The late Christopher Hitchens penned an exceptionally important book in 2001 titled The Trial of Henry Kissinger.
In it, Hitchens argued that the former national security adviser and secretary of state for Presidents Richard Nixon and Gerald Ford should be prosecuted “for war crimes, for crimes against humanity, and for offenses against common or customary or international law, including conspiracy to commit murder, kidnap, and torture.”
Hitchens was a brilliant polemicist who loved to stir controversy (and who fell out with The Nation during post-9/11 debates about George W. Bush’s “war on terror” and defending civil liberties). But The Trials of Henry Kissinger was more than an argument; it was a detailed indictment (“using only what would hold up in international courts of law”) of an official who Hitchens accused of authorizing atrocities against Bangladesh, Chile, Cyprus, East Timor, Indochina, and the Kurds of Iraq. It was well reviewed, with the San Francisco Chronicle hailing Hitchens for presenting “damning documentary evidence against Kissinger in case after case,” and London’s Sunday Times describing the book as “a disturbing glimpse into the dark side of American power, whose consequences in remote corners of the globe are all too often ignored. Its countless victims have found an impassioned and skillful advocate in Christopher Hitchens.”
Despite the attention it received, the book did not lead to the prosecution of Kissinger. Nor did it spark all of the formal and official debates that Hitchens invited.
On Thursday night, however, Democratic presidential candidates Hillary Clinton and Bernie Sanders did debate Kissinger’s legacy in one of the most remarkable exchanges of modern presidential politics.
It was an exchange Hitchens would have relished.
In the foreign-policy section of the debate, after the candidates had clashed over a number of issues, Sanders asked if he might add a brief final word of to explain “where the secretary and I have a very profound difference.”
“[In] the last debate and I believe in her book—very good book, by the way…she talked about getting the approval or the support or the mentoring of Henry Kissinger. Now, I find it rather amazing, because I happen to believe that Henry Kissinger was one of the most destructive secretaries of state in the modern history of this country,” said the senator, to loud applause.
“I am proud to say that Henry Kissinger is not my friend,” continued Sanders. “I will not take advice from Henry Kissinger. And in fact, Kissinger’s actions in Cambodia, when the United States bombed that country, overthrew Prince Sihanouk, created the instability for Pol Pot and the Khmer Rouge to come in, who then butchered some 3 million innocent people, one of the worst genocides in the history of the world. So count me in as somebody who will not be listening to Henry Kissinger.”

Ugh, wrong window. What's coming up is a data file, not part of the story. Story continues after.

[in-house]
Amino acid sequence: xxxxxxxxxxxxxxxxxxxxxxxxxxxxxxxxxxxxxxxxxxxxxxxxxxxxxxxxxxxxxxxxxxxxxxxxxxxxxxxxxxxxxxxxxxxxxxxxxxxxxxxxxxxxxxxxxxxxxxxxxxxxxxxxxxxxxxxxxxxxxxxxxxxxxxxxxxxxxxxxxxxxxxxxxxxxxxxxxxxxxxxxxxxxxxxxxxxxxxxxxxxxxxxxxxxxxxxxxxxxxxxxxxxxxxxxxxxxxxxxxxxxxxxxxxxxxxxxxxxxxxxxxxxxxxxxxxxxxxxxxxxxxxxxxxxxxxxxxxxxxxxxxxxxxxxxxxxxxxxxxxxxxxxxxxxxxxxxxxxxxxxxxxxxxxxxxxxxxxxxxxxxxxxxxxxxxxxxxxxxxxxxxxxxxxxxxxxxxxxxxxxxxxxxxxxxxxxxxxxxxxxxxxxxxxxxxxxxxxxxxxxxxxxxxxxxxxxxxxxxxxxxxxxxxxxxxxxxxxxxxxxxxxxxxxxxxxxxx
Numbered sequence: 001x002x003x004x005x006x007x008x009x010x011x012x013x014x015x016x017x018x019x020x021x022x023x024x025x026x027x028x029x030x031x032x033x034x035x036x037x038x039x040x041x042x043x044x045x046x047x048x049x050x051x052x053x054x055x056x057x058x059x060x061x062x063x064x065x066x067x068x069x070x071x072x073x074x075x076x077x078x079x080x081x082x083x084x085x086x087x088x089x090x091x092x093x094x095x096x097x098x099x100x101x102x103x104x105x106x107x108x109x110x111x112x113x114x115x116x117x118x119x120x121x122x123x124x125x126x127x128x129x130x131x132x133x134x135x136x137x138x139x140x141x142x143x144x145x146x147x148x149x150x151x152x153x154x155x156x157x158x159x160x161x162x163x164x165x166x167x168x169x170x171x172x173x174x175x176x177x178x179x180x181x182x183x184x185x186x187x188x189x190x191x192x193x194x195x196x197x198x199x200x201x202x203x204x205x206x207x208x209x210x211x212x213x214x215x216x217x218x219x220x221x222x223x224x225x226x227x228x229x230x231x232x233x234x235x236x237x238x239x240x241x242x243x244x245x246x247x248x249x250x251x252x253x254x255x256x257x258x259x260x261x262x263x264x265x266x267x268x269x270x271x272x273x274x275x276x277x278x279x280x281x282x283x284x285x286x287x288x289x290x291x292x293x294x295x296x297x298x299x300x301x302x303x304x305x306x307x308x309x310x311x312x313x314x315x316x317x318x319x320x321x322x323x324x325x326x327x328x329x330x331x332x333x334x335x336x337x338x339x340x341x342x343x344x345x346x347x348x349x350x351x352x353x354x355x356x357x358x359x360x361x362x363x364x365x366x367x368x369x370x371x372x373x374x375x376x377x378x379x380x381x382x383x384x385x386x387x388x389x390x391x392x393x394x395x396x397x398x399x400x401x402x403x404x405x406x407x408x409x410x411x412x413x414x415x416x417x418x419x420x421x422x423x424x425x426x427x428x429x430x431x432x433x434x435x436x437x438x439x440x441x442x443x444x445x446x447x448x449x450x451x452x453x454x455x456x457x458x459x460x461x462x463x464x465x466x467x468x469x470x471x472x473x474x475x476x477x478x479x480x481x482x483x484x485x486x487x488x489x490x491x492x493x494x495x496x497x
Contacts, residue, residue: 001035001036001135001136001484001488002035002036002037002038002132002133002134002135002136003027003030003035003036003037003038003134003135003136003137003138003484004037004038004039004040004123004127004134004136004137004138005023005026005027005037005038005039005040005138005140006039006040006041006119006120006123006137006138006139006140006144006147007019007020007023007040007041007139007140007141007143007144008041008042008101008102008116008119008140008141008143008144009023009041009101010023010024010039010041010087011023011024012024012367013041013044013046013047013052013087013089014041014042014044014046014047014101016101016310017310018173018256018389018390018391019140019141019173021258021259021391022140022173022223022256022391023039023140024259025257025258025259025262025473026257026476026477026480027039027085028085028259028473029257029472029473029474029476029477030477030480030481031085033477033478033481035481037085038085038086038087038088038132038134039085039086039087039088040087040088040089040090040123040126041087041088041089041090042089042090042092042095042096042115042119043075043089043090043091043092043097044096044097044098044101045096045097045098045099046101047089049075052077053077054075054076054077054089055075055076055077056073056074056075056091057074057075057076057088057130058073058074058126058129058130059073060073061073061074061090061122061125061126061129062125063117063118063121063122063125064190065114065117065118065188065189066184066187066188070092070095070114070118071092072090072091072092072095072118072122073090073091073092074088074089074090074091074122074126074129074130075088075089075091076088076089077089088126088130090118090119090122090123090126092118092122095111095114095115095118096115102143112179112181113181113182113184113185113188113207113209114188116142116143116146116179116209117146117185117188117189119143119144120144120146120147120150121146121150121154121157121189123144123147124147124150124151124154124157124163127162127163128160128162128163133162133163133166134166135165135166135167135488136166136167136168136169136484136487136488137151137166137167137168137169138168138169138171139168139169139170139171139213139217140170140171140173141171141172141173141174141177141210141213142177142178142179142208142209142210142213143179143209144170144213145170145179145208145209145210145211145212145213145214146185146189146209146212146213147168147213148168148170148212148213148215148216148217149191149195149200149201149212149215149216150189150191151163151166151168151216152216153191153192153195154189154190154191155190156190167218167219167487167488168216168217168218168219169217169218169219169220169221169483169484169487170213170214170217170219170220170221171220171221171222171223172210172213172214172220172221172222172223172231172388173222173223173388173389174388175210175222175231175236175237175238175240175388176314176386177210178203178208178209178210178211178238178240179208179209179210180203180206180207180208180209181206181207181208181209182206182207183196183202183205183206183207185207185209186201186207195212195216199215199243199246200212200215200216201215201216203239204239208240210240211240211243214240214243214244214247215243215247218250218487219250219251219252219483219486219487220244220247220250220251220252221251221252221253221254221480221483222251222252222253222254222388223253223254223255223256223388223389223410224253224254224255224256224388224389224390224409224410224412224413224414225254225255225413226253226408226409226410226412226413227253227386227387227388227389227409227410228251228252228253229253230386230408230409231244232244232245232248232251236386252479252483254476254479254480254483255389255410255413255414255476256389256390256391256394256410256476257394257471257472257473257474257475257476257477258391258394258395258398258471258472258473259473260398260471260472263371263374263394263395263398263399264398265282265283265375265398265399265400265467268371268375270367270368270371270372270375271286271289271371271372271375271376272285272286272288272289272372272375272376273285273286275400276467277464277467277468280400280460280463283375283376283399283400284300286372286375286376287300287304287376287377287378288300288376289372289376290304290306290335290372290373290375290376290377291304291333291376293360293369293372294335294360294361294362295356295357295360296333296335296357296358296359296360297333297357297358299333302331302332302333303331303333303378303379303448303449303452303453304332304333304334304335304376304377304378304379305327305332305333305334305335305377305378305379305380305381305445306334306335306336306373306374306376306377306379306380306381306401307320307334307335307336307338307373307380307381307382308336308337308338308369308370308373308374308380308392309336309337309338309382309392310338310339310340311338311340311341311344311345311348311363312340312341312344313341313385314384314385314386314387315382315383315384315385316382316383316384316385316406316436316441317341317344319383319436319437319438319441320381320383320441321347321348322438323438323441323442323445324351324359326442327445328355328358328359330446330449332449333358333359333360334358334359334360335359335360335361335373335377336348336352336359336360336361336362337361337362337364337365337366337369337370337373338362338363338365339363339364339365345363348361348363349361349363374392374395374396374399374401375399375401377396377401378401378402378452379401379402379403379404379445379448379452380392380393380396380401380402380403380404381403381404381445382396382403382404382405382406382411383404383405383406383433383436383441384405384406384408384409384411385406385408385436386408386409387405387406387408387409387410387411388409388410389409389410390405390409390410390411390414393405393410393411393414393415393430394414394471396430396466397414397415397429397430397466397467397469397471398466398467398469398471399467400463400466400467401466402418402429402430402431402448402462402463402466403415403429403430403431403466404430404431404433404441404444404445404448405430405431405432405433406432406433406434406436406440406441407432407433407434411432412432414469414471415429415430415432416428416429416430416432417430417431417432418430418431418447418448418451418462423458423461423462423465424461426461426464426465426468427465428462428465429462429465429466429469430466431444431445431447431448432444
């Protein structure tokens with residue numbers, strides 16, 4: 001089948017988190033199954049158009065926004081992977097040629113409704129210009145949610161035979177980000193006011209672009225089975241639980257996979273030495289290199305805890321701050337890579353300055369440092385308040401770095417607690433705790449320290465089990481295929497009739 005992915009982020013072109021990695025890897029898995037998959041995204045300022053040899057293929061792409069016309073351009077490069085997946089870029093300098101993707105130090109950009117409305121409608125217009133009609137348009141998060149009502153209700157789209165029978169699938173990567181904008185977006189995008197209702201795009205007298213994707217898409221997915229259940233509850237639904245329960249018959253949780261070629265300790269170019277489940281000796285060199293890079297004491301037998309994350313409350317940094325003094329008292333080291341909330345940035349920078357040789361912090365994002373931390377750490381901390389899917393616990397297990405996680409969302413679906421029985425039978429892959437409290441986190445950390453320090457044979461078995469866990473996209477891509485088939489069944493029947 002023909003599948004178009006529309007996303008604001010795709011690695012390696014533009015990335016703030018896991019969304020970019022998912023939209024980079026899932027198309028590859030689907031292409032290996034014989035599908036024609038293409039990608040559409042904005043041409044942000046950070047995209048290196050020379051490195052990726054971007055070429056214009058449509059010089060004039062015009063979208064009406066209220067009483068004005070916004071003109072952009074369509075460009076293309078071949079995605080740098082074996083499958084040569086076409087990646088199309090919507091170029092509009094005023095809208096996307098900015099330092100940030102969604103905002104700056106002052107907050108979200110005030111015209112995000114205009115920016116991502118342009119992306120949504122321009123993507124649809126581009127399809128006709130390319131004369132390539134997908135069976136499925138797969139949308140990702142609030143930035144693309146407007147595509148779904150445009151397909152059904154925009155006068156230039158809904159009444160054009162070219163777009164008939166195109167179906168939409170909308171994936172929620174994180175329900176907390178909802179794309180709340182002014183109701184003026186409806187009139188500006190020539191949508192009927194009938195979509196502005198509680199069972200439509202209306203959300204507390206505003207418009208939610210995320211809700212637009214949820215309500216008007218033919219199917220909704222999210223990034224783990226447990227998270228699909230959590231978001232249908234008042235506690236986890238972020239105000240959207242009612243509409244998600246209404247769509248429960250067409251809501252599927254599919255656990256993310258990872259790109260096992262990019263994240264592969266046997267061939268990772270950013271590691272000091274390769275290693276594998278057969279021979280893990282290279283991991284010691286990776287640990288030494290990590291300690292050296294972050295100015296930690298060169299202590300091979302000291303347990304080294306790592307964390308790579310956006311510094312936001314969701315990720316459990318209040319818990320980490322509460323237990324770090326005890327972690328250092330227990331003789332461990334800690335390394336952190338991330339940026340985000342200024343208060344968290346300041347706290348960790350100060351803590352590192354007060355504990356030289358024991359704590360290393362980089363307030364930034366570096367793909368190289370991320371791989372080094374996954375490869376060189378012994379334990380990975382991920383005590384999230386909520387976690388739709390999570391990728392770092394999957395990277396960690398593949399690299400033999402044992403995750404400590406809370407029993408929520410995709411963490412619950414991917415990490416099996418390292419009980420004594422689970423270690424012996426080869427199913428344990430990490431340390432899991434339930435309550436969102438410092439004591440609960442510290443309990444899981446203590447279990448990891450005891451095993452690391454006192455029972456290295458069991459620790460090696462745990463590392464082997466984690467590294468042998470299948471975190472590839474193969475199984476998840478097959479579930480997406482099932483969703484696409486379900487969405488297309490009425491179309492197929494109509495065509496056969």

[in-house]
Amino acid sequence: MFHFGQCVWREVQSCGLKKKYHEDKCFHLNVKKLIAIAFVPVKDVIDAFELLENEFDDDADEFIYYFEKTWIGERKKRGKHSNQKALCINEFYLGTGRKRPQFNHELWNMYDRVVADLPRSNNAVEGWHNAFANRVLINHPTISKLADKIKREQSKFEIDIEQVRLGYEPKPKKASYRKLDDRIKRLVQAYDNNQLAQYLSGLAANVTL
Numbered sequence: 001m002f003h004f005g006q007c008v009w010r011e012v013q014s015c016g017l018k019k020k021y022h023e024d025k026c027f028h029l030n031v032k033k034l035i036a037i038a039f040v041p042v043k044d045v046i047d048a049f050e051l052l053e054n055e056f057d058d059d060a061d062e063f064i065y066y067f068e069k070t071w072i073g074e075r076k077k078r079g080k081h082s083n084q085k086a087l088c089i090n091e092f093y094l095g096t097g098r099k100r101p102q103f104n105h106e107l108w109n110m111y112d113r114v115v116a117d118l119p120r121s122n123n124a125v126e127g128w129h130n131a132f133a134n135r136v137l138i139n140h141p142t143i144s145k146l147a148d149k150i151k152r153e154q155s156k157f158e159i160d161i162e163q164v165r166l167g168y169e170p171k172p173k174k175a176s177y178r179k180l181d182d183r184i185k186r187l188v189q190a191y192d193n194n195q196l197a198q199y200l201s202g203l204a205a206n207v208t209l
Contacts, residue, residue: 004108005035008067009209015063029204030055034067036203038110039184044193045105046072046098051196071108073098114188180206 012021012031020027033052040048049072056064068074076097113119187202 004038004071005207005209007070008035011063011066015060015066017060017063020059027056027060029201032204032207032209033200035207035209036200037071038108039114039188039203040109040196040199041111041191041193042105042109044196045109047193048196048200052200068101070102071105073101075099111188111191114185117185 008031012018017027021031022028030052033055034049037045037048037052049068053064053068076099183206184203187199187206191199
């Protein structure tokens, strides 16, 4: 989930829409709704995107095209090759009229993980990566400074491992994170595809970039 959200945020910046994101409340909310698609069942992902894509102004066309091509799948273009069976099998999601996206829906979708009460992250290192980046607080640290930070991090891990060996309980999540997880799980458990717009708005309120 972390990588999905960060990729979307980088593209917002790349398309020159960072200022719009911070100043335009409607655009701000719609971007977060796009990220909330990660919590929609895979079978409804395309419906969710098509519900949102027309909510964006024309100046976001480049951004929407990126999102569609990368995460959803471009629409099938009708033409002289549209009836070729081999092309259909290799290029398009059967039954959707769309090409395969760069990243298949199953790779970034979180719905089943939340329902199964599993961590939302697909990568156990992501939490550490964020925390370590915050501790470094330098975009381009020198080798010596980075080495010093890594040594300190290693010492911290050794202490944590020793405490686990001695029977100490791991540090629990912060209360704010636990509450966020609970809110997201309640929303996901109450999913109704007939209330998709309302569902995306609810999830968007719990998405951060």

Clinton countered with a dig at Sanders. “Well,” she said, “I know journalists have asked who you do listen to on foreign policy, and we have yet to know who that is.”
“Well, it ain’t Henry Kissinger. That’s for sure,” replied Sanders.
“That’s fine. That’s fine,” said Clinton. “You know, I listen to a wide variety of voices that have expertise in various areas. I think it is fair to say, whatever the complaints that you want to make about him are, that with respect to China, one of the most challenging relationships we have, his opening up China and his ongoing relationships with the leaders of China is an incredibly useful relationship for the United States of America. So if we want to pick and choose—and I certainly do—people I listen to, people I don’t listen to, people I listen to for certain areas, then I think we have to be fair and look at the entire world, because it’s a big, complicated world out there.”
“It is,” injected Sanders.
Clinton was now scrambling to put Kissinger in perspective. “And, yes,” she said, “people we may disagree with on a number of things may have some insight, may have some relationships that are important for the president to understand in order to best protect the United States.”
Sanders was having none of that explanation, suggesting that his historical perspective was “very different.”
“Kissinger was one of those people during the Vietnam era who talked about the domino theory. Not everybody remembers that. You do. I do. The domino theory, you know, if Vietnam goes, China, da, da, da, da, da, da, da. That’s what he talked about, the great threat of China,” said Sanders. “And then, after the war, this is the guy who, in fact, yes, you’re right, he opened up relations with China, and now pushed various type of trade agreements, resulting in American workers losing their jobs as corporations moved to China. The terrible, authoritarian, Communist dictatorship he warned us about, now he’s urging companies to shut down and move to China. Not my kind of guy.”
And rightly so, for reasons that Christopher Hitchens well documented.